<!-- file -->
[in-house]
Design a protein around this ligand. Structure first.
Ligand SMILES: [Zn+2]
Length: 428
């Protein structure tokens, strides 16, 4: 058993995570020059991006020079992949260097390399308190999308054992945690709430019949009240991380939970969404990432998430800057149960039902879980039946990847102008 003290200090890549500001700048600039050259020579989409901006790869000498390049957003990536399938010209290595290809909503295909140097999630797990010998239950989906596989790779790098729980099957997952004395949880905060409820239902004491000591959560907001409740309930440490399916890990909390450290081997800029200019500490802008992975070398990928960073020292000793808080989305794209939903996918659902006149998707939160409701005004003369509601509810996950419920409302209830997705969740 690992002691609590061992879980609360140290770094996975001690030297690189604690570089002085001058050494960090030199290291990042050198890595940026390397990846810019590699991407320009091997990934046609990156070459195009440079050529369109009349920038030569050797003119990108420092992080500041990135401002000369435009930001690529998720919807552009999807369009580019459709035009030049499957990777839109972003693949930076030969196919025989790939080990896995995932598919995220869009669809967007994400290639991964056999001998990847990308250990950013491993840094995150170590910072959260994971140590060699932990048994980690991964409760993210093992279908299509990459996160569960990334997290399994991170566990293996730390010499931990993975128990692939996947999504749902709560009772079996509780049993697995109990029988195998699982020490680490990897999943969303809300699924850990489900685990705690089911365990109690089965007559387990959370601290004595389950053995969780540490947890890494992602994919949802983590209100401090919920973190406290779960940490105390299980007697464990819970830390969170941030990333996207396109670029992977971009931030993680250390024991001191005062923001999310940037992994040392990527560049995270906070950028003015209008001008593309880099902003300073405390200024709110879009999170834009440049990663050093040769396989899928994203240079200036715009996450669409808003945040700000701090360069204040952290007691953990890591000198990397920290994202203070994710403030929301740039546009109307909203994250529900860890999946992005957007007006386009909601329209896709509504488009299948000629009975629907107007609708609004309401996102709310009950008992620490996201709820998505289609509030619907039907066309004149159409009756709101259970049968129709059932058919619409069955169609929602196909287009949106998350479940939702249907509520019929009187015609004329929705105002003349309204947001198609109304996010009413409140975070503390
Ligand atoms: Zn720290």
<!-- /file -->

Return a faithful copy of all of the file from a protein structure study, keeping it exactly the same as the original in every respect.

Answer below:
[in-house]
Design a protein around this ligand. Structure first.
Ligand SMILES: [Zn+2]
Length: 428
């Protein structure tokens, strides 16, 4: 058993995570020059991006020079992949260097390399308190999308054992945690709430019949009240991380939970969404990432998430800057149960039902879980039946990847102008 003290200090890549500001700048600039050259020579989409901006790869000498390049957003990536399938010209290595290809909503295909140097999630797990010998239950989906596989790779790098729980099957997952004395949880905060409820239902004491000591959560907001409740309930440490399916890990909390450290081997800029200019500490802008992975070398990928960073020292000793808080989305794209939903996918659902006149998707939160409701005004003369509601509810996950419920409302209830997705969740 690992002691609590061992879980609360140290770094996975001690030297690189604690570089002085001058050494960090030199290291990042050198890595940026390397990846810019590699991407320009091997990934046609990156070459195009440079050529369109009349920038030569050797003119990108420092992080500041990135401002000369435009930001690529998720919807552009999807369009580019459709035009030049499957990777839109972003693949930076030969196919025989790939080990896995995932598919995220869009669809967007994400290639991964056999001998990847990308250990950013491993840094995150170590910072959260994971140590060699932990048994980690991964409760993210093992279908299509990459996160569960990334997290399994991170566990293996730390010499931990993975128990692939996947999504749902709560009772079996509780049993697995109990029988195998699982020490680490990897999943969303809300699924850990489900685990705690089911365990109690089965007559387990959370601290004595389950053995969780540490947890890494992602994919949802983590209100401090919920973190406290779960940490105390299980007697464990819970830390969170941030990333996207396109670029992977971009931030993680250390024991001191005062923001999310940037992994040392990527560049995270906070950028003015209008001008593309880099902003300073405390200024709110879009999170834009440049990663050093040769396989899928994203240079200036715009996450669409808003945040700000701090360069204040952290007691953990890591000198990397920290994202203070994710403030929301740039546009109307909203994250529900860890999946992005957007007006386009909601329209896709509504488009299948000629009975629907107007609708609004309401996102709310009950008992620490996201709820998505289609509030619907039907066309004149159409009756709101259970049968129709059932058919619409069955169609929602196909287009949106998350479940939702249907509520019929009187015609004329929705105002003349309204947001198609109304996010009413409140975070503390
Ligand atoms: Zn720290």